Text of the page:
At this point, the lender will issue a final full loan commitment. If your loan is approved, you will receive closing documents and they may be handled by a title company. The title company will record deeds and mortgages, order title insurance, coordinate the exchange of funds, and arrange for you to sign the loan documents. At the closing, the lender funds the loan with a cashier’s check, draft, or electronic wire transfer.

Being prepared and organized can save time and help your loan get approved. Be prepared to have all required information ready to submit if your lender requests it.

Jo Ann Joy, Esq., MBA, CEO
The future of your business starts here!

You may contact Jo Ann by phone at (602) 663-7007, by fax at (602) 324-7582, by email at joannjoy@Indigo Business Solutions.net, and by mail at 2313 East Ocotillo Rd., Phoenix, AZ 85016. I have many published articles, and I will send any article to you free of charge. Most consultations are free.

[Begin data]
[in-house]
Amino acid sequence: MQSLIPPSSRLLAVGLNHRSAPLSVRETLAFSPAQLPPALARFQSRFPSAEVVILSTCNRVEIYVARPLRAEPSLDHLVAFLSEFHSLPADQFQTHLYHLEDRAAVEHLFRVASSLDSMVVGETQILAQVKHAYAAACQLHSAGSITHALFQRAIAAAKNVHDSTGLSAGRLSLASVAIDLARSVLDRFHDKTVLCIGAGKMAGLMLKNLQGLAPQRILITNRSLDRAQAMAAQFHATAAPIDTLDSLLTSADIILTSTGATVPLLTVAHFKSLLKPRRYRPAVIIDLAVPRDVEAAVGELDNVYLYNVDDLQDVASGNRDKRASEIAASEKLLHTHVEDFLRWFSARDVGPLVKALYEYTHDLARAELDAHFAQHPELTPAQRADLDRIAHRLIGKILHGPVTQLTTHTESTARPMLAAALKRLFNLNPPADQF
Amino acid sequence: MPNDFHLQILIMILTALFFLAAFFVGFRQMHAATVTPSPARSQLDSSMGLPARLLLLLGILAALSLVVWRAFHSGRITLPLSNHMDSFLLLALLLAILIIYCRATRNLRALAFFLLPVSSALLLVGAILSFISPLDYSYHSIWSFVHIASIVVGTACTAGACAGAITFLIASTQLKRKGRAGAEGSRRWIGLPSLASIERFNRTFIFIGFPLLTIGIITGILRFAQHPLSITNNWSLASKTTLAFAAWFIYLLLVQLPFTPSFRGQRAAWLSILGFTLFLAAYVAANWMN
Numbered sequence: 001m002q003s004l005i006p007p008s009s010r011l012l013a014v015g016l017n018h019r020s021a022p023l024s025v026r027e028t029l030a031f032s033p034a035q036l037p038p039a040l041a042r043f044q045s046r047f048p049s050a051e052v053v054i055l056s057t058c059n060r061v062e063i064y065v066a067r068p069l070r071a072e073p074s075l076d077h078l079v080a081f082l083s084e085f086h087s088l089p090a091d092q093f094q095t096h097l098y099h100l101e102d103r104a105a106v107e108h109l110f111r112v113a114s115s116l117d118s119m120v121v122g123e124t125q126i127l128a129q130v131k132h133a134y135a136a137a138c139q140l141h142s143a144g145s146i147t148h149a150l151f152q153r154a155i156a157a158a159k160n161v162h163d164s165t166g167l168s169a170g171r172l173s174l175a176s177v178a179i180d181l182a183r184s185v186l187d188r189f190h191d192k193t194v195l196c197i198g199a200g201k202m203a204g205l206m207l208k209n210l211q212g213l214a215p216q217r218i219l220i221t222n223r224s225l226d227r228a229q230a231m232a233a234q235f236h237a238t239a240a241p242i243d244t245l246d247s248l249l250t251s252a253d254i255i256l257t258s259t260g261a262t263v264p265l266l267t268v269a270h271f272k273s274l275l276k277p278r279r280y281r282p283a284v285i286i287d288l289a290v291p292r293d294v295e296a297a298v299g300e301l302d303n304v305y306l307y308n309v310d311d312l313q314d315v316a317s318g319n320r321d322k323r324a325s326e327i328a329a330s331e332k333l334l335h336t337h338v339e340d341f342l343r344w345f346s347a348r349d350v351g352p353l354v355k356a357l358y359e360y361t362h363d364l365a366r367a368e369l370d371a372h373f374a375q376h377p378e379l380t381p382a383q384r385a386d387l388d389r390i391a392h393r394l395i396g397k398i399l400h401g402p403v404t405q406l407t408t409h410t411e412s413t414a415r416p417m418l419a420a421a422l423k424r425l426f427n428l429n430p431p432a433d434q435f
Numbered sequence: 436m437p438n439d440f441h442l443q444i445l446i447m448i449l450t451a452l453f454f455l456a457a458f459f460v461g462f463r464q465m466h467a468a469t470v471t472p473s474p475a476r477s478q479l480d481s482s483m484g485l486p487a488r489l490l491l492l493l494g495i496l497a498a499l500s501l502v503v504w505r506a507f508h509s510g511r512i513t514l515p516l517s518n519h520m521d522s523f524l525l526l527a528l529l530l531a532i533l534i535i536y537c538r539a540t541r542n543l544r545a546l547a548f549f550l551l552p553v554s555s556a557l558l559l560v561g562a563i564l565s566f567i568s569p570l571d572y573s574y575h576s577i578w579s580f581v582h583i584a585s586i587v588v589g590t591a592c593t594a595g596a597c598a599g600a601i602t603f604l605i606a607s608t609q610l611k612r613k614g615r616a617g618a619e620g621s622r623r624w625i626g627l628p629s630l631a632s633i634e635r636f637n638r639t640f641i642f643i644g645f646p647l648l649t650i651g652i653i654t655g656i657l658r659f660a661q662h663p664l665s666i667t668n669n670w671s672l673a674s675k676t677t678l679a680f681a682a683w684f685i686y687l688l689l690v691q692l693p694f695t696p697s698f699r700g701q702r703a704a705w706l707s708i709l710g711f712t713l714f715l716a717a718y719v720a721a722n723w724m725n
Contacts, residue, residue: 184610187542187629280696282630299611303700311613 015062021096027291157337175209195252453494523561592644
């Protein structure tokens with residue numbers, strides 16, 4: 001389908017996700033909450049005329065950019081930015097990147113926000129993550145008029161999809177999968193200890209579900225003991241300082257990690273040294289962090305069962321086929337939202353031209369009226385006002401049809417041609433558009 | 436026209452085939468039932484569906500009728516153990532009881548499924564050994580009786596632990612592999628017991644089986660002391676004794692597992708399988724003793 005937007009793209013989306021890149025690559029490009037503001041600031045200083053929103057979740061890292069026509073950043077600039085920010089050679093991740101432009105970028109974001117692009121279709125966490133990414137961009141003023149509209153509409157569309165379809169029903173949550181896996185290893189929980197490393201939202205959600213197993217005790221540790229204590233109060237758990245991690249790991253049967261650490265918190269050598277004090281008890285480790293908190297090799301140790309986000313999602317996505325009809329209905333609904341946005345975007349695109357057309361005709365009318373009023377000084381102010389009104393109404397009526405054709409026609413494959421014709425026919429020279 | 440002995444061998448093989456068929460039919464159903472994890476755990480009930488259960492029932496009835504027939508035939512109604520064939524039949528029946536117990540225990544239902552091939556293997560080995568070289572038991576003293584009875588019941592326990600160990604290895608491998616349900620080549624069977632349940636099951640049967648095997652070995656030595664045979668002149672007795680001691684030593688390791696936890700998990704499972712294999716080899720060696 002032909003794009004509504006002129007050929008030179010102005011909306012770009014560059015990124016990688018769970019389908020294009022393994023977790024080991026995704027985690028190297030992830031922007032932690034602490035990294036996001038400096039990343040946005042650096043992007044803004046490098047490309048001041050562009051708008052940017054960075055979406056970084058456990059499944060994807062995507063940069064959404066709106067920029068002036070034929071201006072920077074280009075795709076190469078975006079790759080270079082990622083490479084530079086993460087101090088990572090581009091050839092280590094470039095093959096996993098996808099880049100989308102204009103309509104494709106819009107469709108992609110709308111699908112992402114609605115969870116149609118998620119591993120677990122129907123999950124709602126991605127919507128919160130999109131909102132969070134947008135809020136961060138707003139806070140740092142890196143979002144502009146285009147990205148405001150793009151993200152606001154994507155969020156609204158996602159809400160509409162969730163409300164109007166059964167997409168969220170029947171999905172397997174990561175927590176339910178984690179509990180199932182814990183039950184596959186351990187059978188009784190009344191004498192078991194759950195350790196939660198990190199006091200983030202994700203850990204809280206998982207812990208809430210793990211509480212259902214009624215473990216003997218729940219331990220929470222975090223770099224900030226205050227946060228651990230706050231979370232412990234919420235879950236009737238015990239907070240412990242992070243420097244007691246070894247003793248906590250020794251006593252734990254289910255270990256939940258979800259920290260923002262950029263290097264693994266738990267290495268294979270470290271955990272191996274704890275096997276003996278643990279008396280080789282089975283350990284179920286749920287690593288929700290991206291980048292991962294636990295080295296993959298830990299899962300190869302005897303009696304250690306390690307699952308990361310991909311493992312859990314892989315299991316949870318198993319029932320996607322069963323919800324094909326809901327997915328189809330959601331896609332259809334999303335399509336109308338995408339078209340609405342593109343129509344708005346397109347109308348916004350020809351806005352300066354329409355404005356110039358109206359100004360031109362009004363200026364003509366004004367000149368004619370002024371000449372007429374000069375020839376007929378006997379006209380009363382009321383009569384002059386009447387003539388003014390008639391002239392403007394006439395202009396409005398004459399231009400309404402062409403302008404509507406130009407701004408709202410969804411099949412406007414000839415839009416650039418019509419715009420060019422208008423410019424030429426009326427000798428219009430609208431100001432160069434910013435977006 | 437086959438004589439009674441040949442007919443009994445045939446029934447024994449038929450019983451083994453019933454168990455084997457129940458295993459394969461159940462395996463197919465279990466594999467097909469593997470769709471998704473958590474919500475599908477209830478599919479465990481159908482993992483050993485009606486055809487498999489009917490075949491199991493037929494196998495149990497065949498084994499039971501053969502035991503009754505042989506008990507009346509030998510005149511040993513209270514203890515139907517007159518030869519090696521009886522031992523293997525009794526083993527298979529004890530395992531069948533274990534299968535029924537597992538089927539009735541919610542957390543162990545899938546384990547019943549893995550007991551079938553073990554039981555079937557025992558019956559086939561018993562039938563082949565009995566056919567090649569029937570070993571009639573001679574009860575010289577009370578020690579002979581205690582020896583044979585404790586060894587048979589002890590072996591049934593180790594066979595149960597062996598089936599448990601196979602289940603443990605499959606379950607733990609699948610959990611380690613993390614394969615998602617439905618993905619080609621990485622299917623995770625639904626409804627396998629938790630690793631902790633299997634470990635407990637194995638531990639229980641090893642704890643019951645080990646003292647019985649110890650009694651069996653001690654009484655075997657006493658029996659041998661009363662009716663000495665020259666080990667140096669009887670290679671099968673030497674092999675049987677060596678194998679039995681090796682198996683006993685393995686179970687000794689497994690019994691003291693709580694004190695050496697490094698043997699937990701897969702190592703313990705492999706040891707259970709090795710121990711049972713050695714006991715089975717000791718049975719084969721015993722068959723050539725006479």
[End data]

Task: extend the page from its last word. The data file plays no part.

What You Should Know About Small Business Loans

It is true that small business loans help businesses start up, also it helps the one that are already running to by fixing certain financial issues that may be disturbing the business. However, if you are applying for a small business loan, there are basics that you should know in order to get the best from the financing which you seek.

You know that as lending companies are different, so are their procedures for approving small business loans. Knowing the procedure is very important. The good news here is that some of these procedures are very basic hence they cut across as being the same through different lending institutions.